A multicenter multinational registry for assessing ventriculoperitoneal shunt infections for hydrocephalus

Paul Steinbok, Ruth Milner, Deepak Agrawal, Elana Farace, Gilberto K.K. Leung, Ivan Ng, Tadanori Tomita, Ernest Wang, Ning Wang, George Kwok Chu Wong, Liang Fu Zhou

Research output: Contribution to journalArticle

26 Citations (Scopus)

Abstract

Background: Reported infection rates after ventriculoperitoneal shunt surgery vary from 1 to 25%. Antibiotic-impregnated (AI) catheters may reduce shunt infection rates, but this is uncertain. Objective: To establish a prospective shunt registry to evaluate short-term (3-month) infection rates associated with ventriculoperitoneal shunts and standard or AI catheters during surgical treatment of hydrocephalus. Methods: A prospective, multicenter, noncontrolled, open-label registry investigated patients with de novo catheter implantation or catheter replacement of an existing ventriculoperitoneal shunt. The primary outcome was shunt infection. Results: A total of 440 patients were entered into the registry at 10 sites: 3 in North America, 2 in Singapore, 4 in China and 1 in India. Seven patients were excluded. Of the 433 remaining patients, 314 had new shunts and 119 were revisions. Shunt infections occurred in 14 of 433 patients (3.2%) overall and in 2 of 37 infants (5.2%) younger than 1 year. AI catheters were used in 46 of 433 patients at 7 centers. The shunt infection rate was 0 of 46 for shunts with AI catheters and 14 of 387 (3.6%) without AI catheters. Infection rates were similar with AI catheters, adjusting for age and catheter type. Conclusion: The overall shunt infection rate was lower than in previous multicentered studies. The low infection rate and low rate of AI catheter use precludes any meaningful statement regarding the value of AI catheters in reducing the infection rate. Consideration should be given to performing a well designed, adequately powered, prospective randomized controlled trial to determine whether AI catheters reduce shunt infection rates.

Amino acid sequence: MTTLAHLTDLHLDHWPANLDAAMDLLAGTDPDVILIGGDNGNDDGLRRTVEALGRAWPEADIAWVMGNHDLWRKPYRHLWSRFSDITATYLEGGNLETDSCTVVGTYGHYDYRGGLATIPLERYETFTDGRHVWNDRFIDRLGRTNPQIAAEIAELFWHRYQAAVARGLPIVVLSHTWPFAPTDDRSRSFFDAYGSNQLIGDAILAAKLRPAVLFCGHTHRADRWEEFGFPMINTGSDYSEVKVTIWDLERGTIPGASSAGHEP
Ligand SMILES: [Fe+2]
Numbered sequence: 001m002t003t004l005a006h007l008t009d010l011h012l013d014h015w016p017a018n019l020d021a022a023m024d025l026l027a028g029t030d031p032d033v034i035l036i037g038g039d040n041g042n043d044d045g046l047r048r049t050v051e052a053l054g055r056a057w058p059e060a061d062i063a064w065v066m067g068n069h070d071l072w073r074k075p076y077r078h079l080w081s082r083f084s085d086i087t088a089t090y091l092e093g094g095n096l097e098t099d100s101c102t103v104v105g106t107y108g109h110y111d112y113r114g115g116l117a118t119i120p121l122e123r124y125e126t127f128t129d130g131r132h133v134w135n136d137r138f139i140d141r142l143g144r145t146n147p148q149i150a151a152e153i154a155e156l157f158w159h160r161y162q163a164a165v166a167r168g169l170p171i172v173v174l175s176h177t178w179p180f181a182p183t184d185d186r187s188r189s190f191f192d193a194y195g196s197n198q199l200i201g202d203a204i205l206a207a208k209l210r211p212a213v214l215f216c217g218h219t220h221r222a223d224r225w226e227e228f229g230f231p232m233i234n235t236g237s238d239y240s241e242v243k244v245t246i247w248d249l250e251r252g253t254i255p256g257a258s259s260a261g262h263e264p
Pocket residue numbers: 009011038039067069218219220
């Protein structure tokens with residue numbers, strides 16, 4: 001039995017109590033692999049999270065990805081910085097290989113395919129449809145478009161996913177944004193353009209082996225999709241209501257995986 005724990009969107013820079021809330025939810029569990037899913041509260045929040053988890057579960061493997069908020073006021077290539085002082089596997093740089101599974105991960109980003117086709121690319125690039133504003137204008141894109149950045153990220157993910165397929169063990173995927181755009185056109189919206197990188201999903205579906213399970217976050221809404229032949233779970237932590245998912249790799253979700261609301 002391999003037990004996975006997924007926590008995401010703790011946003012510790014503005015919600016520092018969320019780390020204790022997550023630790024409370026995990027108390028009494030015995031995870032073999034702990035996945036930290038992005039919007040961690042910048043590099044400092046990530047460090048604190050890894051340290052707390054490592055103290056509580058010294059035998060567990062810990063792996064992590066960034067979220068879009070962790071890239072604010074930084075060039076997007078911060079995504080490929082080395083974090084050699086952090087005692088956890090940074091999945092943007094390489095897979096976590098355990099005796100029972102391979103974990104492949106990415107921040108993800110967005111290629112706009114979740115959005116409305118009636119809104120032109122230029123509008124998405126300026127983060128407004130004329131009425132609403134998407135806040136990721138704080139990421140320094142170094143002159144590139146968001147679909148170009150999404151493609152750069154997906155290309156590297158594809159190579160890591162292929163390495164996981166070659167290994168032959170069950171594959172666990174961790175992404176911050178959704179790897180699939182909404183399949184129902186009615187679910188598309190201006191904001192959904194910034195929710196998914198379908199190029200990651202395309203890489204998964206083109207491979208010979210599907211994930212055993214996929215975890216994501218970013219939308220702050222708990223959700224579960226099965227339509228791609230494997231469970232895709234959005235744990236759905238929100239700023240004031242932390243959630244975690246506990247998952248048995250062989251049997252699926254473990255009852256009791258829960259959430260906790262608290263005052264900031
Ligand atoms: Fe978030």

Original languageEnglish (US)
Pages (from-to)1303-1310
Number of pages8
JournalNeurosurgery
Volume67
Issue number5
DOIs
StatePublished - Nov 1 2010

Fingerprint

Ventriculoperitoneal Shunt
Hydrocephalus
Registries
Catheters
Anti-Bacterial Agents
Infection